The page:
Waste is not useless rubbish. Energy that can be recovered is contained in the variety of waste from Swiss private households and the industrial sector. This already takes place through the use of heat and electricity from incineration plants and the recycling of materials – including paper, cardboard, glass, metal, PET, organic waste and, to some extent, plastic. However, a great deal of energy is still lost in the recovery chains. “This could be changed by optimising waste management to ensure that it yields the greatest possible amount of energy and has the smallest possible negative impact on the environment”, says Stefanie Hellweg, an environmental engineer at ETH Zurich. “This would allow waste management to make a much bigger contribution to the energy turnaround”. Together with her research team, two other teams from ETH Zurich and a team from the University of Applied Sciences and Arts Northwestern Switzerland, Hellweg investigated what would be required to this end as part of a joint project.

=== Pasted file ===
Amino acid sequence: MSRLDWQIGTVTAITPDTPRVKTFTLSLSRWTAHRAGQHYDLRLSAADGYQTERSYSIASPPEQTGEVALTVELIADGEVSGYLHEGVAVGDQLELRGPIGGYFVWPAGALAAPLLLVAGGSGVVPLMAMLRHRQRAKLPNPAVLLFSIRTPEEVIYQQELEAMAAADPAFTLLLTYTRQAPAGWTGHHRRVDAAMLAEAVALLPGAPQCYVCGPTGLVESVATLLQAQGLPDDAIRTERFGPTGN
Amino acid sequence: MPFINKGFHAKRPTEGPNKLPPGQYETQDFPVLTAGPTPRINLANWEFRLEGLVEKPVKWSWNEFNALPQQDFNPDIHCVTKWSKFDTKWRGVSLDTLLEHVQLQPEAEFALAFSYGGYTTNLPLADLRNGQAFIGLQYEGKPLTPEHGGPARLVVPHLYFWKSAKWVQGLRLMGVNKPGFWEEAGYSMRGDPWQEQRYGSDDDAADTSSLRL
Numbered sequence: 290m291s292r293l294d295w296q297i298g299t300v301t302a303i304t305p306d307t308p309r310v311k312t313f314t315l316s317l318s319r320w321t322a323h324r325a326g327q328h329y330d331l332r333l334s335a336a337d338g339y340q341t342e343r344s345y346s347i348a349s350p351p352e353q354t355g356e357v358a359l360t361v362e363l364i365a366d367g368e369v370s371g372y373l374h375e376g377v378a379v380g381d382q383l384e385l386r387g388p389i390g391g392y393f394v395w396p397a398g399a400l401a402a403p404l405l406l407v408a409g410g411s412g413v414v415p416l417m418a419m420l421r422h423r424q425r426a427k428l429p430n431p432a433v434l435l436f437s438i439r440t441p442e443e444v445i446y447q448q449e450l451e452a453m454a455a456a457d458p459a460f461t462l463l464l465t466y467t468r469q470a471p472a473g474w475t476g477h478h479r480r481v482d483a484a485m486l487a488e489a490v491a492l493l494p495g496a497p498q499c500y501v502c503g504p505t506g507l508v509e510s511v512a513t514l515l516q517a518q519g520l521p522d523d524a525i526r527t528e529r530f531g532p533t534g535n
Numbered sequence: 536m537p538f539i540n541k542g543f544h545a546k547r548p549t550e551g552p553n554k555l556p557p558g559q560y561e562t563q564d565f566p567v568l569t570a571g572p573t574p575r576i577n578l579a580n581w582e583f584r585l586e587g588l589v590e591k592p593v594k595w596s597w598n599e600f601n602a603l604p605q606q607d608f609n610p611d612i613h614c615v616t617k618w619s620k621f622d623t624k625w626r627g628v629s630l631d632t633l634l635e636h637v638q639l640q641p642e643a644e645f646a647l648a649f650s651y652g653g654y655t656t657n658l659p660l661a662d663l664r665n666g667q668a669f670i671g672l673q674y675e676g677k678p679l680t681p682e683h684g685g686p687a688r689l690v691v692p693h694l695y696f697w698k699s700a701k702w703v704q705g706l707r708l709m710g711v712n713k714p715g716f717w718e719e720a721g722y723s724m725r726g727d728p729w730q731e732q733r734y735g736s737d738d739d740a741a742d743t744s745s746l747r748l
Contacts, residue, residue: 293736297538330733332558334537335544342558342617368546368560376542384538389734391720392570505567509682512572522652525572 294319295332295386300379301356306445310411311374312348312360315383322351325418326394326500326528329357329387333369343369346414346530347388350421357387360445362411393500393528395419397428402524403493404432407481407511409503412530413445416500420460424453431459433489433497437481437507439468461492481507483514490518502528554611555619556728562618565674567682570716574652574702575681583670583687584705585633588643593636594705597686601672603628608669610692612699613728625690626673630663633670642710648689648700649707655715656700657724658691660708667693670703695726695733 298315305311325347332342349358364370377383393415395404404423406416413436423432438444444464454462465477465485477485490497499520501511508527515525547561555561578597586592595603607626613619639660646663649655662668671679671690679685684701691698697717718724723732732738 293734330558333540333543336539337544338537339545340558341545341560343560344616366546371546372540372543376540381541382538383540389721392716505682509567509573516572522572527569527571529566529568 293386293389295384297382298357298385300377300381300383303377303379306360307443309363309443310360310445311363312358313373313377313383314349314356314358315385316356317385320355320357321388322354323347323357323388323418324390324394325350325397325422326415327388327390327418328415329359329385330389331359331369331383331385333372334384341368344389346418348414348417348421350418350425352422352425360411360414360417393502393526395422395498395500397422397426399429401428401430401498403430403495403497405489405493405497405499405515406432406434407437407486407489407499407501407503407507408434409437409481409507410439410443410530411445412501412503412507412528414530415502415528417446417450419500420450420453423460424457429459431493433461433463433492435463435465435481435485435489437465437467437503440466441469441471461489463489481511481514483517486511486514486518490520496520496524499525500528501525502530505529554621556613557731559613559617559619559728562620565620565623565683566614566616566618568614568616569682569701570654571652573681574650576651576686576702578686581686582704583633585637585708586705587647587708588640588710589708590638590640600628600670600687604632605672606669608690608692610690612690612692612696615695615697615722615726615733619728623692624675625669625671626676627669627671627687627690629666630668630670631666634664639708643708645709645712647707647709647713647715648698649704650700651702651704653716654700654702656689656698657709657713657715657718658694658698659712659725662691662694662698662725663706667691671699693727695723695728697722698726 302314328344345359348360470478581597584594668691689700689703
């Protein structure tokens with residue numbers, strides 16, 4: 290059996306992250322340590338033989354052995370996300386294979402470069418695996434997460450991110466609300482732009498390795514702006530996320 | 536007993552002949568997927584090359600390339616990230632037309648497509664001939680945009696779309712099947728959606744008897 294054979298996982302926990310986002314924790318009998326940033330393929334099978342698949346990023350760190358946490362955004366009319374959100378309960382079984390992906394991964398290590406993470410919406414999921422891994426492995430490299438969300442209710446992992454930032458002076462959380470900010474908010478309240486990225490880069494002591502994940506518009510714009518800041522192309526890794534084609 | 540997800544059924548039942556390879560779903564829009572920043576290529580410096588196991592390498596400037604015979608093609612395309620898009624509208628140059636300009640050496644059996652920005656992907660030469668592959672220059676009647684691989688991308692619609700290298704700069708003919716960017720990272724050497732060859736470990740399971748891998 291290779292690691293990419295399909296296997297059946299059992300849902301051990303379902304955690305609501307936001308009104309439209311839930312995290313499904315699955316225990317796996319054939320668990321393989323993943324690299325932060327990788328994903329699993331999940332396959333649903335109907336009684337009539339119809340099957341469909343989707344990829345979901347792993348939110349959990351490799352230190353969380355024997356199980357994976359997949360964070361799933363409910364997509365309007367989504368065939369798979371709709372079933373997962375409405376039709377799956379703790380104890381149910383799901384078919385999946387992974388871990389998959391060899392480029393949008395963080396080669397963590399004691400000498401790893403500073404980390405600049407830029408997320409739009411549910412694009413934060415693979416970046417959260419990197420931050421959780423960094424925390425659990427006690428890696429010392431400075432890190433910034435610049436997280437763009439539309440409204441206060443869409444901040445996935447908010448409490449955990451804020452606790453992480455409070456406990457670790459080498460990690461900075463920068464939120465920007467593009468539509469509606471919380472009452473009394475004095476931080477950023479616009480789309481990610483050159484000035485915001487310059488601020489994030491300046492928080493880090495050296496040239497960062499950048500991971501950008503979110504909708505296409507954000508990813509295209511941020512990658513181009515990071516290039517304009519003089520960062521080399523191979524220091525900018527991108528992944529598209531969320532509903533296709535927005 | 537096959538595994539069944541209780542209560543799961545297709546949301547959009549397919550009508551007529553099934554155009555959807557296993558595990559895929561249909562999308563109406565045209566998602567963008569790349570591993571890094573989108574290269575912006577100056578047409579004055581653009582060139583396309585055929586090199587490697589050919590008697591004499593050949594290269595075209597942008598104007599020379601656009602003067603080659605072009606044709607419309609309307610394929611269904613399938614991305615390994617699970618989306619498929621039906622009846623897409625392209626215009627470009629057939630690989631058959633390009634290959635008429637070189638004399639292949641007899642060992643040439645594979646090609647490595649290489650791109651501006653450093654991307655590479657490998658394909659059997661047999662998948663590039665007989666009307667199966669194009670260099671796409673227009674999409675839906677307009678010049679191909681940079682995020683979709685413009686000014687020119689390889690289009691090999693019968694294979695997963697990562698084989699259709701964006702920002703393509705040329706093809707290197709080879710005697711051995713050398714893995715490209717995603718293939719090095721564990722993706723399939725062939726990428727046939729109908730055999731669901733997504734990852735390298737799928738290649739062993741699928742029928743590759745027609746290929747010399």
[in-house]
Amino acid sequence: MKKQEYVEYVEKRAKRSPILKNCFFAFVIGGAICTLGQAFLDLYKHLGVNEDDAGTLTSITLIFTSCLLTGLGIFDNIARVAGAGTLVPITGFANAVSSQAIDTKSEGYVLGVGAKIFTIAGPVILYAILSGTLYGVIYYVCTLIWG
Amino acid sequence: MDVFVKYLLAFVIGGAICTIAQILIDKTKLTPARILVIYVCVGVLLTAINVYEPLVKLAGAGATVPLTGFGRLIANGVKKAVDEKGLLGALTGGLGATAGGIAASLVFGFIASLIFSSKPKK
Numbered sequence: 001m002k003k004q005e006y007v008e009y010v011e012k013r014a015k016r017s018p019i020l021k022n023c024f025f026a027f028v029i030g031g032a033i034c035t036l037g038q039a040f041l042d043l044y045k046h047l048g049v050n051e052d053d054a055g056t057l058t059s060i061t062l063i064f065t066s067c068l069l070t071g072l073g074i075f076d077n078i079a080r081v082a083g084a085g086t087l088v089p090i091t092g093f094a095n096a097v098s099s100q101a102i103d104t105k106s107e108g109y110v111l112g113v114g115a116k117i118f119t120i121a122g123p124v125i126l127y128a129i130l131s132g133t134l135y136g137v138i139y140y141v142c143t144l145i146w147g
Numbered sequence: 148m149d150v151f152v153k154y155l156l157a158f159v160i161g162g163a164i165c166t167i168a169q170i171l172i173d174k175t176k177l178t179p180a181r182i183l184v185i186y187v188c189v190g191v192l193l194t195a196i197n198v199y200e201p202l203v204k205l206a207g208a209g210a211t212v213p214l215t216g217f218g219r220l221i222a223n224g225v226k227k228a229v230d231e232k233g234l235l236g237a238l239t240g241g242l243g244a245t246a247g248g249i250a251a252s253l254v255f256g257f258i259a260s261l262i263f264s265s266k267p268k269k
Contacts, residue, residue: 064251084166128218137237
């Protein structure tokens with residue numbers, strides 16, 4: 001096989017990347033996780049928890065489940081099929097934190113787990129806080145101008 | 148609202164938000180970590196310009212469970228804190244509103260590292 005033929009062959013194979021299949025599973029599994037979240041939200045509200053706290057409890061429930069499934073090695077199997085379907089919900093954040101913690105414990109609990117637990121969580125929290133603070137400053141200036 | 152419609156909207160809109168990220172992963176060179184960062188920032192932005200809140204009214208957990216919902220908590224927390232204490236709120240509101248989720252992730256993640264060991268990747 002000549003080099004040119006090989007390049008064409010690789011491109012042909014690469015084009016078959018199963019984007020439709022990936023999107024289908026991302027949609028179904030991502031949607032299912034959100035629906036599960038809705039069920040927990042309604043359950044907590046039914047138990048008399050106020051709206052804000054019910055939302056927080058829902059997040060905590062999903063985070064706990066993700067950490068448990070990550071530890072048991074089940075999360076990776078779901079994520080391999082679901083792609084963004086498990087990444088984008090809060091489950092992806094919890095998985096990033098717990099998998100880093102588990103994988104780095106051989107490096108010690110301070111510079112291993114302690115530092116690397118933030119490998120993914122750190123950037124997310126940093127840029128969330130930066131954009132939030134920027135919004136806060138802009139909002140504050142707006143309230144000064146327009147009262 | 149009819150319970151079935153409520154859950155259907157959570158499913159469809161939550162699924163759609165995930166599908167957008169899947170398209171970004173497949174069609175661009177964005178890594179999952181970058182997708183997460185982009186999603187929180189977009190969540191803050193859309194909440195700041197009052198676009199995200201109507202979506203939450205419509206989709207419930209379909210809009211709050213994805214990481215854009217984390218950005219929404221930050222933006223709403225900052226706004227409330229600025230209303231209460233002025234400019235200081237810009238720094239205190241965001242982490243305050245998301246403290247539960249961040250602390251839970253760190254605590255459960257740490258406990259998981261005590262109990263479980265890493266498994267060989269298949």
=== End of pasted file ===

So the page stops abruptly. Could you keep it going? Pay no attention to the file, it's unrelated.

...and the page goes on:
The researchers initially determined what waste is actually being generated in Switzerland and what is happening with it in the existing recovery processes. They conducted material flow analyses and energy flow analyses for all waste recovery processes in Switzerland and in doing so recorded all transport and storage processes as well as all energy flows within the recovery chains. They also modelled all recycling and incineration processes using computers. Moreover, the environmental engineers calculated all environmental impacts of the various types of waste and their recovery in a total of 190 life cycle analyses. This allowed them to simulate the influence of possible optimisation measures in a targeted manner.